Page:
Participants can choose from numerous breakout sessions Saturday. Topics include hummingbirds and woodpeckers with photographer and entertaining birder Stan Tekiela; better ornamental trees and shrubs for the home garden with Dave Wanninger, horticulturist at Boerner Botanic Gardens; “Exploring the Water’s Edge: Shorelands, Restoration and Native Plants” with UW Extension lake specialist Patrick Goggin; gardening for butterflies with Pat Thomas; good and bad bugs and how to encourage good ones with UW Entomologist Phil Pellitteri; grafting fruit trees with permaculturist John Holzwart; growing produce to suit your lifestyle and abilities with journalist-turned-community-supported agriculture farmer Kriss Marion; wildflowers with Jim Bray; and peonies with Michelle Ovans, a commercial grower.
The Saturday registration fee is $45 and includes lunch. Registration is due Jan. 18.
Optional three-hour workshops are available Friday night, covering topics from back care basics, beekeeping, broom making, cooking with herbs, flower arranging, nature photography, native plant seed collecting and propagation, creating miniature gardens and winter bird care. Most sessions have a $25 fee plus materials.
Jan. 26 – Toward Harmony with Nature, Oshkosh
Offered by The Wild Ones, this day-long conference features the keynote address “Ecological Restoration: Extending Leopold’s Legacy in the 21st Century” by Curt Meine, senior fellow at the Aldo Leopold Foundation. Nine breakout sessions cover topics including woodland species, native plants for wet places, bird friendly yards, prairie management, identifying and managing invasive plants, and state natural areas.
The conference is from 8 a.m. to 4 p.m. at the Oshkosh Convention Center. The cost is $30 for Wild Ones members and $35 for nonmembers who register by Jan. 23. Same day registration is available for $5 more. For more information see the Wild Ones website at www.towardharmonywithnature.org or email firstname.lastname@example.org.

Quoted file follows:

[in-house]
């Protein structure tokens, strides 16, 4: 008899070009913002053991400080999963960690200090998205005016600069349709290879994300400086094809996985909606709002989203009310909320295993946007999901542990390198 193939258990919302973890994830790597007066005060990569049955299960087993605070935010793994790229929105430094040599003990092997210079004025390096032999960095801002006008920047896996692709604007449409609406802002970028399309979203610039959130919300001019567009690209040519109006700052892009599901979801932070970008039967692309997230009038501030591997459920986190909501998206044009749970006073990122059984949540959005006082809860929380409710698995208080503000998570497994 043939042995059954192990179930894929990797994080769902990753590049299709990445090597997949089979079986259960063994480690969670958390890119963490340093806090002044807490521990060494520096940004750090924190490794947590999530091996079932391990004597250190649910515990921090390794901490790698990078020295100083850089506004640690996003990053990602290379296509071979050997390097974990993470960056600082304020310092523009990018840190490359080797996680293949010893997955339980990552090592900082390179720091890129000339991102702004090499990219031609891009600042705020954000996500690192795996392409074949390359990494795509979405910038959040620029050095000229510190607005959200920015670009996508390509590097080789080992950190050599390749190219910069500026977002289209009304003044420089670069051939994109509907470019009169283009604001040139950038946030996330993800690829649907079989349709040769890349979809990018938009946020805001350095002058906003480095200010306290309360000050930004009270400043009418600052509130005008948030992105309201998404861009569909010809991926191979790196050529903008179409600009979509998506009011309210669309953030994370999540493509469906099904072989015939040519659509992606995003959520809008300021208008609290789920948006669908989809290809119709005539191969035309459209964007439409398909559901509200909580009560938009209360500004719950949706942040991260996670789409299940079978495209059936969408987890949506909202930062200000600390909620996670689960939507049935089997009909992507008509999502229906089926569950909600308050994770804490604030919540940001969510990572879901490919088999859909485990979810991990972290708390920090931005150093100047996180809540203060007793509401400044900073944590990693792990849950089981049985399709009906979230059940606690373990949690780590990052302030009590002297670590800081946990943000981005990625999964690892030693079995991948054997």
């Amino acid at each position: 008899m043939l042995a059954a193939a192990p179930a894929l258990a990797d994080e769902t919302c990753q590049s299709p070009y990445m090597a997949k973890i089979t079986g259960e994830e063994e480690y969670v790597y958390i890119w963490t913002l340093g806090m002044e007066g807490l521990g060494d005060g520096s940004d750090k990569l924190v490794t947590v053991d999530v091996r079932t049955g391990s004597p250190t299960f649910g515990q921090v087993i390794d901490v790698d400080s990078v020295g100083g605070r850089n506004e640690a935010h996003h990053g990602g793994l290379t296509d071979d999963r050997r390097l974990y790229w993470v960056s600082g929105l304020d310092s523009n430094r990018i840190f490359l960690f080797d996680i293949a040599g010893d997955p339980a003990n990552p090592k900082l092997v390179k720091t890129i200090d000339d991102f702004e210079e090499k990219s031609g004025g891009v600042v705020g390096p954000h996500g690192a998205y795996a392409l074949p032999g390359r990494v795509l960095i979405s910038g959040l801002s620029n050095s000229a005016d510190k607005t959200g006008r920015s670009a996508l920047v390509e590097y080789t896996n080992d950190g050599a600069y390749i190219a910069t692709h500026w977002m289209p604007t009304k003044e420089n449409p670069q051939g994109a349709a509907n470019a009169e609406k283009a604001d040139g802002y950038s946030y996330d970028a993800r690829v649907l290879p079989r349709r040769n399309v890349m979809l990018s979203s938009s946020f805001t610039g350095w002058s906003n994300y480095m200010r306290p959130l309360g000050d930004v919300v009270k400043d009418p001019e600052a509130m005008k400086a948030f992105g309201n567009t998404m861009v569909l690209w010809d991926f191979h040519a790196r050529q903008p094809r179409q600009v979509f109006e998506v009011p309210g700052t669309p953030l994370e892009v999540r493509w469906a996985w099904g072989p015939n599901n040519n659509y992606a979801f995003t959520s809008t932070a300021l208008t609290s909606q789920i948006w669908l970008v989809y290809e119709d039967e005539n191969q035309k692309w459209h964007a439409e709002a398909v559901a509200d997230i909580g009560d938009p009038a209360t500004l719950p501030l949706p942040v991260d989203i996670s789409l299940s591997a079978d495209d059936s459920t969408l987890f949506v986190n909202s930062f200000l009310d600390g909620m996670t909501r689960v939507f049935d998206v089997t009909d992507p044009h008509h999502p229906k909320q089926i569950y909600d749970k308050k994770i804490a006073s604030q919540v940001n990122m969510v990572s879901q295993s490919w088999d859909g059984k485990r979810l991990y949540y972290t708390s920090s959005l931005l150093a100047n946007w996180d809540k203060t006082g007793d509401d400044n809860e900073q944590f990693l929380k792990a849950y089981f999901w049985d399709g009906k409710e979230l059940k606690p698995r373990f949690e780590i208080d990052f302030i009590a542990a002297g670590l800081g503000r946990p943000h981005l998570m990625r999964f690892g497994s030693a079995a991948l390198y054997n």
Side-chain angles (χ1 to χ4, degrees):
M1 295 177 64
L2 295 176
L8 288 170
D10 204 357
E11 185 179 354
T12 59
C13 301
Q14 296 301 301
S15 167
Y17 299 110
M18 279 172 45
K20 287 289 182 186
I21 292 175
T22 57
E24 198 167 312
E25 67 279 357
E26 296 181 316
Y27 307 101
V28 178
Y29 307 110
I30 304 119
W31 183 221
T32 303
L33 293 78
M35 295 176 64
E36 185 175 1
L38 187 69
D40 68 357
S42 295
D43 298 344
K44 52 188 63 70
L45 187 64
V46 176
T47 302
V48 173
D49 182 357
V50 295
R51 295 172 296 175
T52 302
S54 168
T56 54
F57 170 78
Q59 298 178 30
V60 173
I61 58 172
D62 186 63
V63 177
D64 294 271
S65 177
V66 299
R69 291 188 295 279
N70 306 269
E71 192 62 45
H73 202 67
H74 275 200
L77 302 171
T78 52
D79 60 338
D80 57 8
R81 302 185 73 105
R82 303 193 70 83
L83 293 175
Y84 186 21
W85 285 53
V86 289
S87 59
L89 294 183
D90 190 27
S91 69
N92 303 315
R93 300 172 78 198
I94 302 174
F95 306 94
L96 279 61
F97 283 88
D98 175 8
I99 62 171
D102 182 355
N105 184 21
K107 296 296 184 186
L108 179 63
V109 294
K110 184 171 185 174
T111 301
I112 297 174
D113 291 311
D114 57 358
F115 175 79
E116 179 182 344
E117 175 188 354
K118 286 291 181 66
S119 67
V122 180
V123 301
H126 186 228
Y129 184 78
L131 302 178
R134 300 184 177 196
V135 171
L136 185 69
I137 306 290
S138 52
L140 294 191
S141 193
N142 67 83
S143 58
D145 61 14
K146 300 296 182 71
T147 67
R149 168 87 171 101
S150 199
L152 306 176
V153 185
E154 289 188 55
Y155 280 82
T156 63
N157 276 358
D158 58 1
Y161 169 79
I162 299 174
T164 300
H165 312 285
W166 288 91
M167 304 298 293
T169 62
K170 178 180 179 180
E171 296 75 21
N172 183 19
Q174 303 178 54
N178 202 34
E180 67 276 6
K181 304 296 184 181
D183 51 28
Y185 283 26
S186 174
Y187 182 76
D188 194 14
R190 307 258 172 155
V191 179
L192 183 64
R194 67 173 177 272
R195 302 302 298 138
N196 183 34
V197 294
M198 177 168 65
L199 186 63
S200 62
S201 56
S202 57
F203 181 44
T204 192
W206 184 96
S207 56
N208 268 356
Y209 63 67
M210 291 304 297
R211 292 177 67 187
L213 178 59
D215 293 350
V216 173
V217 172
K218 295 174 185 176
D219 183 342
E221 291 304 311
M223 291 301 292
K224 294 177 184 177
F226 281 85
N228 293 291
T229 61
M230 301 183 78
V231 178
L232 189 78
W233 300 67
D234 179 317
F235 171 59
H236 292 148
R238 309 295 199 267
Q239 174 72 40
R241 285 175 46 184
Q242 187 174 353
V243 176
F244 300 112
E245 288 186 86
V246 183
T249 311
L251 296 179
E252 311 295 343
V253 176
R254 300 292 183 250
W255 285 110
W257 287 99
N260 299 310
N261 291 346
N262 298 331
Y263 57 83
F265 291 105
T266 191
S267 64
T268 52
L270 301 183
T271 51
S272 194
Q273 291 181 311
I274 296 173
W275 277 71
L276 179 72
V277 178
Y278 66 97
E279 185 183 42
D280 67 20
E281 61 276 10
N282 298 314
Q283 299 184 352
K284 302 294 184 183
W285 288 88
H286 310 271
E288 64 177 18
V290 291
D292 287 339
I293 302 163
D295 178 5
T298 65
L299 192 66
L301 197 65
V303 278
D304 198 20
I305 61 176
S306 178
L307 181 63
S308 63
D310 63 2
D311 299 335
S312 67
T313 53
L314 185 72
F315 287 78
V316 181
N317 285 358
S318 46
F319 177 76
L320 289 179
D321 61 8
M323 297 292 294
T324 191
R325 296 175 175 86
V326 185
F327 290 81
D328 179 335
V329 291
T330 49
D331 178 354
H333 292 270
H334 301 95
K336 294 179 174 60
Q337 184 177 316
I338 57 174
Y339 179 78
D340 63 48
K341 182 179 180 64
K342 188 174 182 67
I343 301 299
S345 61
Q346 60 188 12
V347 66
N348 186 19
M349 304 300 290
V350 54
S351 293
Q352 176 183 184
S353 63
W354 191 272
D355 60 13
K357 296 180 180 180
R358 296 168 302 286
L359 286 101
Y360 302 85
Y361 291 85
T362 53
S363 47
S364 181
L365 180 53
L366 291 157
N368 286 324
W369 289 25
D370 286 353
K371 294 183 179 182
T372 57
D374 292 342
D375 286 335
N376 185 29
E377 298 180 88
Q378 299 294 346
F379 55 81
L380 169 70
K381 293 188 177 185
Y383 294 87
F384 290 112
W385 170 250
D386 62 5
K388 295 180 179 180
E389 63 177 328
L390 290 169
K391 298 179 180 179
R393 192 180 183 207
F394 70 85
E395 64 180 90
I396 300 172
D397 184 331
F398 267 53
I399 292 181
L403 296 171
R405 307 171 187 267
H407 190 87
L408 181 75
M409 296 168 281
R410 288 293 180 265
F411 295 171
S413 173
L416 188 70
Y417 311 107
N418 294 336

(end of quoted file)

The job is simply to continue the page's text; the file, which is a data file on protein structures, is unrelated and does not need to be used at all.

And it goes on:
Feb. 8-10 – WPT’s Garden Expo, Madison
This continues to be the best botanical buy, even with the travel. For $7 a day ($8 at the door) or $11 for a two-day pass, visitors can choose to attend any of 100 educational seminars and demonstrations. Sponsored by Wisconsin Public Television and UW-Extension Horticulture, the annual event is held at the Alliant Energy Center, Madison.
Numerous educational seminars are held throughout the day. This year, start times are staggered, which hopefully will relieve some congestion. Topics range from cultivating mushrooms to preventing and managing drought, raising chickens, installing pavers, growing and preserving produce, designing landscaping, choosing plants for sun, shade or night gardens, bonsai, disease and pest problems and lawn care without pesticides.
Nearly 400 vendors turn the large exhibition hall into a series of spring floral displays, sunrooms and ponds. Browse for books, garden art, furniture, equipment, tools, seeds and much more.
For additional fees (and preregistration), you can learn about vegetable fermentation, make a floral fused pendant or grout-less mosaic, stained glass butterfly or frog, miniature garden, herbal vinegar or infused oils.
A complete schedule of seminars and exhibitors is at www.wpt.org/gardenexpo/. Tickets are available locally at Jung Garden Center.
Enjoy this terrific line-up and register soon for the local seminars. All are open to the public.